US 4735096 A
An ultrasonic transducer is comprised of a stack or sandwich of electrostrictive elements, an energy reflecting mass at one end of the column or stack of electrostrictive elements and a pair of laminar plates sandwiching a honeycomb core to constitute an extremely rigid, light mass member contacting a fluid medium in which ultrasonic energy is to be introduced. The output member is characterized by having a high shear modulus and a low density at the opposite end for efficiently coupling the ultrasonic energy into the fluid medium, particularly air and has a narrow beam and a very long range.
1. An ultrasonic transducer comprising in combination a stack of electrostrictive disks electrically connected in push-pull relation, a back plate of solid material on one side of said stack of electrostrictive means, a front plate on the opposite side of said stack of electrostrictive members and a rigid low mass plate member comprised of a pair of laminates, a honeycomb core structure and adhesive means securing said pair of laminate opposing ends of said honeycomb core structure so that the shear modulus is high and the density thereof is low whereby the velocity of the shear wave in the honeycomb is as high as possible and the lateral ends of said member cannot flap out of phase with the central portion thereof.
2. The ultrasonic transducer defined in claim 1 wherein at least one of said laminates is constituted by fiber elements bound in a resin matrix.
3. A method of coupling ultrasonic energy from an electrorestrictive transducer assembly to an air load comprising,
providing between a large steel mass and an aluminum member,
coupling the ultrasonic energy passing through said aluminum member to air via a pair of laminate sheets adhesively bonded to the respective ends of a small celled honeycomb, the rigidity of said pair of laminate sheets, adhesive, and said small celled honeycomb being such as to assure that the acoustic phase is the same across the one of said laminate interfacing the acoustic energy to air.
In the prior art shown in FIG. 1, a perforated mass consists of a steel plate 10 having metallurgically attached an array of tubes 11 which has a tapped hole 12 axially thereof. The imperforate mass 13 is cylindrical having a tapped hole 15 located along its axis. Sandwiched between the mass plates 10 and 13 are of electrostrictive elements 18, 19 separated by an electrical insulating tube 21. A stud 21 is threaded into tapped holes 22 and 23 in imperforate mass 15 and steel plate 10. The assembly is held together and prestressed by turning imperforate cylindrical mass 12 on stud 20. In the prior art shown in FIG. 2, a further transducer corresponding to FIG. 3 of Antonevich U.S. Pat. No. 3,370,186 is similar to the transducer shown in FIG. 1 except here, the perforate mass consists of elongated hexagonal members which are metallurgically attached by welding or brazing to plate 28 to form the perforate structure in the typical form of a honeycomb. Thus, in this prior art construction, the basic objective is to utilize the same density materials to produce a transducer which can be welded, brazed or otherwise metallurgically bonded to a load which is to be treated and eliminates the so-called undesirable adhesive-type bond between transducer and load and permits air cooling since the spaces in the labyrnith permit the gas or liquid to flow.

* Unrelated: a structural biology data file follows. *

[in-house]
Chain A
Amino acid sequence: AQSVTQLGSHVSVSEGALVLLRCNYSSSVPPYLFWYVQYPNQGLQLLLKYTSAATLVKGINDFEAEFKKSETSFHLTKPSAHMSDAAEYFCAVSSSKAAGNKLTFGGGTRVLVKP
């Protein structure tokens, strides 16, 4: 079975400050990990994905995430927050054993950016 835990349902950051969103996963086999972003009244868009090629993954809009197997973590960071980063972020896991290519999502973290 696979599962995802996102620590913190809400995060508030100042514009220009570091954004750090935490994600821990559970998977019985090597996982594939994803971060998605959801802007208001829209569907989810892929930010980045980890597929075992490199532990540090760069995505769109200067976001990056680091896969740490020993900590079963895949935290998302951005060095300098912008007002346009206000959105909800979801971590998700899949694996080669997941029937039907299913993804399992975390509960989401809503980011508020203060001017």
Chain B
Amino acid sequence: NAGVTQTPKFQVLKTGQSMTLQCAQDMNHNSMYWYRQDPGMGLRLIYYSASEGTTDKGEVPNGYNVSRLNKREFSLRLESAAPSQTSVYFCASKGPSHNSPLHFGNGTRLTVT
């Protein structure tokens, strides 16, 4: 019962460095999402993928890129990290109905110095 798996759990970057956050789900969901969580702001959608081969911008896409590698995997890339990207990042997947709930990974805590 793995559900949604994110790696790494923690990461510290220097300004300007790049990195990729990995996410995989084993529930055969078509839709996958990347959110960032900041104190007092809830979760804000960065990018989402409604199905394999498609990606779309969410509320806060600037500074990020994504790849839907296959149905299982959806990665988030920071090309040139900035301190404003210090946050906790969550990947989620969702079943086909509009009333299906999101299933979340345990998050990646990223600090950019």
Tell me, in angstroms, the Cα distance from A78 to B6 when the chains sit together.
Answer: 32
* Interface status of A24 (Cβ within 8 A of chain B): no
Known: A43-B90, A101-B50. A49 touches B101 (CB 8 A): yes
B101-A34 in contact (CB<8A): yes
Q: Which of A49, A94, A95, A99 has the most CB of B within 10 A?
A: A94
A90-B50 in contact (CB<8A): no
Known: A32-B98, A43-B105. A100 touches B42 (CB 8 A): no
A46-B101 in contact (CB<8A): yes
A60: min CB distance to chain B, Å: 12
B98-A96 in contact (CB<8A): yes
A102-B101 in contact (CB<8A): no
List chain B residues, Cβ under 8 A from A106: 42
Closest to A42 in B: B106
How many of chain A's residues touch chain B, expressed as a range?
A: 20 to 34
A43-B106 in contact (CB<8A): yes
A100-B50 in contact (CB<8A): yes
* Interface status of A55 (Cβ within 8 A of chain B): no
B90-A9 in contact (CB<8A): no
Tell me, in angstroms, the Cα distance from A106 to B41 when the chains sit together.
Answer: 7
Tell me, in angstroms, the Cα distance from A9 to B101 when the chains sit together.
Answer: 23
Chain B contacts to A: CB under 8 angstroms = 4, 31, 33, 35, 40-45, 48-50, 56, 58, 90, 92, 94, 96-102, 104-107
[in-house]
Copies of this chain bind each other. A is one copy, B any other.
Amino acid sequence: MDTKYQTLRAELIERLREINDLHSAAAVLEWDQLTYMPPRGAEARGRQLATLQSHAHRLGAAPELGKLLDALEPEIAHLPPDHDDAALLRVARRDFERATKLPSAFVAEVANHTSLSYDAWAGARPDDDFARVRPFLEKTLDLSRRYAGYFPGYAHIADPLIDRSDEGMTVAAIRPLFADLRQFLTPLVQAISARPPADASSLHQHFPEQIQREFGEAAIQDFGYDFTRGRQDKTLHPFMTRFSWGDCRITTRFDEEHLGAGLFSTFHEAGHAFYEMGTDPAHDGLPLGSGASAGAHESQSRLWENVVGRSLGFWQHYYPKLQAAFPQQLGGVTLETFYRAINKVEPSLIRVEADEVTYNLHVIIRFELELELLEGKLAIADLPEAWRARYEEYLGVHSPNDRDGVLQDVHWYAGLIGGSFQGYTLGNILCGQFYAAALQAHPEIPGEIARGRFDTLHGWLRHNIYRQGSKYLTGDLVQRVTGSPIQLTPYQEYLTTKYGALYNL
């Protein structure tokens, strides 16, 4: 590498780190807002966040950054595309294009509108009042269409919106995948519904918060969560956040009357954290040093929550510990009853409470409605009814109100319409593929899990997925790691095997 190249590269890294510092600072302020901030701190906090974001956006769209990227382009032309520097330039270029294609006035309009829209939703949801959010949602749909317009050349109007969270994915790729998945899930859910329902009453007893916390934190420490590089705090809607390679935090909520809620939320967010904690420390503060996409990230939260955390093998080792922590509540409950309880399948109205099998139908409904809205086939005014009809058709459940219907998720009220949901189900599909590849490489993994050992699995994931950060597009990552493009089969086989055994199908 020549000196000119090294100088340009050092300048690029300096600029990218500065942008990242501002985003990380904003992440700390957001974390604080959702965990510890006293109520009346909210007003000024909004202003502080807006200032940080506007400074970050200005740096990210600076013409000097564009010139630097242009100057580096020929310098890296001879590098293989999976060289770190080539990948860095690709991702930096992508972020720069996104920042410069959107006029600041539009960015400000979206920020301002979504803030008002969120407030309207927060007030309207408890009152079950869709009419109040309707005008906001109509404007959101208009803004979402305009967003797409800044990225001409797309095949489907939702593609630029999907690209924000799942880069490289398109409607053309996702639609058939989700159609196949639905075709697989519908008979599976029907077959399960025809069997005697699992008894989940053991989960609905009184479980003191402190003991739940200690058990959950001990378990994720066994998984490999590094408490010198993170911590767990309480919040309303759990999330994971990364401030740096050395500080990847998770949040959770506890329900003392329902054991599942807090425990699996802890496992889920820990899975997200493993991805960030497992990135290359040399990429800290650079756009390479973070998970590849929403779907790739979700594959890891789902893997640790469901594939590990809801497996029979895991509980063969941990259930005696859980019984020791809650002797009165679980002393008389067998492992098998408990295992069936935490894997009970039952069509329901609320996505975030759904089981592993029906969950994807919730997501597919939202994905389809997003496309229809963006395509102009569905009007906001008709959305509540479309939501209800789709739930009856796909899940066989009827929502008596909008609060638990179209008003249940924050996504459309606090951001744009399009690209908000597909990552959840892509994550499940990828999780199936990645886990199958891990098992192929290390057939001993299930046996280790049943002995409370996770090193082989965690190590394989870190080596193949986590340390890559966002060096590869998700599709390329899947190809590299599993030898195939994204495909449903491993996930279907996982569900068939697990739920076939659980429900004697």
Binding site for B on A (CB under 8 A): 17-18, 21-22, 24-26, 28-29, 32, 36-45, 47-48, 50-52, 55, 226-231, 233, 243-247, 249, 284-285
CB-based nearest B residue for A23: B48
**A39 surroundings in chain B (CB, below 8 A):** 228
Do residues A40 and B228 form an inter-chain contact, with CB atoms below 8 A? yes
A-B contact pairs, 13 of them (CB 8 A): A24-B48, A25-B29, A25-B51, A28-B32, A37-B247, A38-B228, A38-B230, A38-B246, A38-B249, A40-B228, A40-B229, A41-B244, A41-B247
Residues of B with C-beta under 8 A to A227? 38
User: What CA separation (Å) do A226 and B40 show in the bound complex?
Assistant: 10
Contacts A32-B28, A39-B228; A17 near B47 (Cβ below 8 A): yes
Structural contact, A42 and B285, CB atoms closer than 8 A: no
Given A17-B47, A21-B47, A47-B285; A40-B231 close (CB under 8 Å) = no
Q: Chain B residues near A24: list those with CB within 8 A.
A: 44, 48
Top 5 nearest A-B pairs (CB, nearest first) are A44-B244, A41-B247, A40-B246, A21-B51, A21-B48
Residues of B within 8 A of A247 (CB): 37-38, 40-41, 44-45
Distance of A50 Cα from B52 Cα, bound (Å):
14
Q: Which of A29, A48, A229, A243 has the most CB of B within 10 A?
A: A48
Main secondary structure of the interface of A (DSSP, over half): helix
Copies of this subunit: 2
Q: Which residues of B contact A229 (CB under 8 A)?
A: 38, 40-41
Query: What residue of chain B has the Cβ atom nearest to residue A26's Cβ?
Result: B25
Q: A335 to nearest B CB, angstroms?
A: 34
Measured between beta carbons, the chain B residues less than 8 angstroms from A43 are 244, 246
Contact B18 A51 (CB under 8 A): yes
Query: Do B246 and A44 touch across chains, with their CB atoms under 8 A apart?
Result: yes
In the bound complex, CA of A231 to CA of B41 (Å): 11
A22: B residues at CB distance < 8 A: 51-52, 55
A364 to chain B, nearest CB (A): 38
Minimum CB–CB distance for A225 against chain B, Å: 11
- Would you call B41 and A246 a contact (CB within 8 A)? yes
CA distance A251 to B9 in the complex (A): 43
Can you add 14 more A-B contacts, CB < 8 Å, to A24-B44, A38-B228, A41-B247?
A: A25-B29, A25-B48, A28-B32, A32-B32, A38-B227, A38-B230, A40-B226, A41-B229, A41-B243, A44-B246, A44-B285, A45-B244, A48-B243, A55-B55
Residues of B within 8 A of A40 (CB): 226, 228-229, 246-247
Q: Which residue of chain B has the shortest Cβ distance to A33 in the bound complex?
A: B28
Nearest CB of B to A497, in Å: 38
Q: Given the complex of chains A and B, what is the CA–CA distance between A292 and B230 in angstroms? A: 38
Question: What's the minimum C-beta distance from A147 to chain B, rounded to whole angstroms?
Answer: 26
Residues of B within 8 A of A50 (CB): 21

As shown in FIG. 3, the mass 30 serves an an ultrasonically reflecting end piece and truncated aluminum cone member 31 serves as the opposite sandwich member sandwiching therebetween a stack of piezoelectric ceramic driver disks 32-1, 32-2, 32-3 . . . 32-n, which are stacked and connected in push-pull fashion to allow higher voltages on the ceramic disks and thus provide a higher driving force. The layered construction is held together by a stress bolt 35 which is threadably engaged with bores 36 in mass 30 and bore 37 in truncated aluminum cone member 31.
The invention incorporates a lightweight, low mass laminate sandwich 39 comprised of two rigid face sheets 40, 41 spacedly joined by a honeycomb structure 42 which is adhesively secured at all ends or edges E41 and E42 of the honeycomb to laminate plates 40, 41 by adhesive layers or sheets 44 and 45 to assure extreme rigidity and lightweight and thus assure a high shear modulus and low density member. The structure shown in exploded form in prior art FIG. 4 is described in greater detail in E. I. Dupont de Nemours Co., Inc. phamplet entitled "Design and Fabrication Techniques of NOMEX entirety by reference. The rigidity is such that the lateral extremities 50, 51 cannot flap or move out of phase with the central portion 52 to thereby assure a maximum coupling of ultrasonic energy into the fluid medium 53. The honeycomb core 42 the DuPont Company's can be NOMEX brand honeycomb. The face sheets or lamina 40, 41 are bonded by adhesive layers 44 and 45 to all the ends or edge surfaces of honeycomb. The upper laminate 40 is adhesively bonded to the lower base of the truncated cone aluminum member 31 by an adhesive 54. This assures that the face 40 is as rigid as possible. The metal mass 30 acts as a node as a node so that all energy is delivered to the output end where there is a substantially no mass and hence very little energy loss. The rigidity of the sandwich 39 is such as to assure that the phase is the same across the face of the output laminate 41 which couples the output energy into the medium 53. The cells of the honeycomb core are relatively small so that only a small area of laminate is unsupported across the ends E41 and E42, thereby increasing the rigidity of the structure while maintaining it very light and of low mass.